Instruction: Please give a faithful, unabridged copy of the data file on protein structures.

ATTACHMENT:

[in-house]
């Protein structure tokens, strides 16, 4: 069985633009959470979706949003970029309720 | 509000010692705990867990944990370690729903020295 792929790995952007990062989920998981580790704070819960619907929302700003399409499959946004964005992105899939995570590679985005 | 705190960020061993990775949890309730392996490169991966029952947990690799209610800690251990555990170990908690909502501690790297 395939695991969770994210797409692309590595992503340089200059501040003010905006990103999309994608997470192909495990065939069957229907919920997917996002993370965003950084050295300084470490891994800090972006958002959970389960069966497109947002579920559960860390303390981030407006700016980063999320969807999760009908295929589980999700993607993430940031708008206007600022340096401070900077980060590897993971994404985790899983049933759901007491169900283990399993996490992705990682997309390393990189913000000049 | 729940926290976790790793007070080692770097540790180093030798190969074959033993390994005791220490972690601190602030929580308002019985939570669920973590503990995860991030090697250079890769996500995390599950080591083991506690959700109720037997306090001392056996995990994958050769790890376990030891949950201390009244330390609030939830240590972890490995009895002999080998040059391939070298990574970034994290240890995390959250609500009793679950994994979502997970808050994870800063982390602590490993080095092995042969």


[in-house]
């Protein structure tokens, strides 16, 4: 069985633009959470979706949003970029309720 | 509000010692705990867990944990370690729903020295 792929790995952007990062989920998981580790704070819960619907929302700003399409499959946004964005992105899939995570590679985005 | 705190960020061993990775949890309730392996490169991966029952947990690799209610800690251990555990170990908690909502501690790297 395939695991969770994210797409692309590595992503340089200059501040003010905006990103999309994608997470192909495990065939069957229907919920997917996002993370965003950084050295300084470490891994800090972006958002959970389960069966497109947002579920559960860390303390981030407006700016980063999320969807999760009908295929589980999700993607993430940031708008206007600022340096401070900077980060590897993971994404985790899983049933759901007491169900283990399993996490992705990682997309390393990189913000000049 | 729940926290976790790793007070080692770097540790180093030798190969074959033993390994005791220490972690601190602030929580308002019985939570669920973590503990995860991030090697250079890769996500995390599950080591083991506690959700109720037997306090001392056996995990994958050769790890376990030891949950201390009244330390609030939830240590972890490995009895002999080998040059391939070298990574970034994290240890995390959250609500009793679950994994979502997970808050994870800063982390602590490993080095092995042969």